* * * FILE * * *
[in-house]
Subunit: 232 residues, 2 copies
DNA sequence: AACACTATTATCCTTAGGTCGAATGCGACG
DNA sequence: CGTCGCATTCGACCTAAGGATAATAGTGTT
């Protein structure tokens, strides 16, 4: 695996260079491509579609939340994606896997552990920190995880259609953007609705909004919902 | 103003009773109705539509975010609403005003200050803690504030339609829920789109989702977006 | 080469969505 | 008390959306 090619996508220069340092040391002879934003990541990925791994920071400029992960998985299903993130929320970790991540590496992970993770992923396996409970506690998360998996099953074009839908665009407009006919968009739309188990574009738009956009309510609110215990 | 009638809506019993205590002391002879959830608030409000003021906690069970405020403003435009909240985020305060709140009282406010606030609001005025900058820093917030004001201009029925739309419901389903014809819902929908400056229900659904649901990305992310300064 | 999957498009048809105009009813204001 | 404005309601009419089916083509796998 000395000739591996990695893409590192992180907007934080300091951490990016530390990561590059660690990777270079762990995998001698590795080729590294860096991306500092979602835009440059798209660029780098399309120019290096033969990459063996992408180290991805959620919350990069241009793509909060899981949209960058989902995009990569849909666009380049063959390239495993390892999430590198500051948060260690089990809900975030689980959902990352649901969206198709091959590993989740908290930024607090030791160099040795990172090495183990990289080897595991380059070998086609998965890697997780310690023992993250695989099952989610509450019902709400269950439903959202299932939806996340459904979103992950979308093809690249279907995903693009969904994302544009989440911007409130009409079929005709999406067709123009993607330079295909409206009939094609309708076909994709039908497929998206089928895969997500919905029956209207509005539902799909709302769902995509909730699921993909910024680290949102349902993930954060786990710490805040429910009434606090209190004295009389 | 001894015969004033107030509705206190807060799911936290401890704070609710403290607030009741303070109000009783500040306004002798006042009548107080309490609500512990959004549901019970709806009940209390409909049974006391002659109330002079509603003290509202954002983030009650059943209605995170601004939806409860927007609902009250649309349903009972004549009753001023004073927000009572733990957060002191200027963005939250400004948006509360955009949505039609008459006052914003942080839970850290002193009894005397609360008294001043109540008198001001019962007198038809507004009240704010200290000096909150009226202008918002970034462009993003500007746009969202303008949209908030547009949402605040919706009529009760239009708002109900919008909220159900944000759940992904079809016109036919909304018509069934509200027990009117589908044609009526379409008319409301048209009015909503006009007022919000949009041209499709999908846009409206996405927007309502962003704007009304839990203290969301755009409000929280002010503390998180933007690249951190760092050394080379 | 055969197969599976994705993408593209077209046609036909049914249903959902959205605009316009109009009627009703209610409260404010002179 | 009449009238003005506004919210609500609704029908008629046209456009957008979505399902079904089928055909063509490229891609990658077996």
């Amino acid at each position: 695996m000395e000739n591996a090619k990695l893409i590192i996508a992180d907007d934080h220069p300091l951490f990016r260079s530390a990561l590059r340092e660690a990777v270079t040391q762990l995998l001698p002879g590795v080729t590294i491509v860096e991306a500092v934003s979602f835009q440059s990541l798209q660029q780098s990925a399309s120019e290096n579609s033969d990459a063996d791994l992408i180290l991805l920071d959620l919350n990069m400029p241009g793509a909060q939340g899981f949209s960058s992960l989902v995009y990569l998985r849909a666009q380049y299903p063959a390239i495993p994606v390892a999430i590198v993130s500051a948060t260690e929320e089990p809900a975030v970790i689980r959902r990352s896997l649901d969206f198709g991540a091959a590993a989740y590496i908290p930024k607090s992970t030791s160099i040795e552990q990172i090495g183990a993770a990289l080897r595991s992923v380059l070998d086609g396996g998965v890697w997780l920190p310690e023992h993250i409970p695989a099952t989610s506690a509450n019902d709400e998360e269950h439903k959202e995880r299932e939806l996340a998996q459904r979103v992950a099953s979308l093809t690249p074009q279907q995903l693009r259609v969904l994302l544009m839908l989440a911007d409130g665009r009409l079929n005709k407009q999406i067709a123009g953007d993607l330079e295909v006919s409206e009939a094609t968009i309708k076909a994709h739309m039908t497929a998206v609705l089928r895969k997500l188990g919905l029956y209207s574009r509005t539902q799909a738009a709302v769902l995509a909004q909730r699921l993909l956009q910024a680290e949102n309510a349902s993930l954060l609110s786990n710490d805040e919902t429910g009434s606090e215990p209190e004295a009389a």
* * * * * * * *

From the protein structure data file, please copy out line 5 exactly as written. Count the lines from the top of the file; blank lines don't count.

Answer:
């Protein structure tokens, strides 16, 4: 695996260079491509579609939340994606896997552990920190995880259609953007609705909004919902 | 103003009773109705539509975010609403005003200050803690504030339609829920789109989702977006 | 080469969505 | 008390959306 090619996508220069340092040391002879934003990541990925791994920071400029992960998985299903993130929320970790991540590496992970993770992923396996409970506690998360998996099953074009839908665009407009006919968009739309188990574009738009956009309510609110215990 | 009638809506019993205590002391002879959830608030409000003021906690069970405020403003435009909240985020305060709140009282406010606030609001005025900058820093917030004001201009029925739309419901389903014809819902929908400056229900659904649901990305992310300064 | 999957498009048809105009009813204001 | 404005309601009419089916083509796998 000395000739591996990695893409590192992180907007934080300091951490990016530390990561590059660690990777270079762990995998001698590795080729590294860096991306500092979602835009440059798209660029780098399309120019290096033969990459063996992408180290991805959620919350990069241009793509909060899981949209960058989902995009990569849909666009380049063959390239495993390892999430590198500051948060260690089990809900975030689980959902990352649901969206198709091959590993989740908290930024607090030791160099040795990172090495183990990289080897595991380059070998086609998965890697997780310690023992993250695989099952989610509450019902709400269950439903959202299932939806996340459904979103992950979308093809690249279907995903693009969904994302544009989440911007409130009409079929005709999406067709123009993607330079295909409206009939094609309708076909994709039908497929998206089928895969997500919905029956209207509005539902799909709302769902995509909730699921993909910024680290949102349902993930954060786990710490805040429910009434606090209190004295009389 | 001894015969004033107030509705206190807060799911936290401890704070609710403290607030009741303070109000009783500040306004002798006042009548107080309490609500512990959004549901019970709806009940209390409909049974006391002659109330002079509603003290509202954002983030009650059943209605995170601004939806409860927007609902009250649309349903009972004549009753001023004073927000009572733990957060002191200027963005939250400004948006509360955009949505039609008459006052914003942080839970850290002193009894005397609360008294001043109540008198001001019962007198038809507004009240704010200290000096909150009226202008918002970034462009993003500007746009969202303008949209908030547009949402605040919706009529009760239009708002109900919008909220159900944000759940992904079809016109036919909304018509069934509200027990009117589908044609009526379409008319409301048209009015909503006009007022919000949009041209499709999908846009409206996405927007309502962003704007009304839990203290969301755009409000929280002010503390998180933007690249951190760092050394080379 | 055969197969599976994705993408593209077209046609036909049914249903959902959205605009316009109009009627009703209610409260404010002179 | 009449009238003005506004919210609500609704029908008629046209456009957008979505399902079904089928055909063509490229891609990658077996």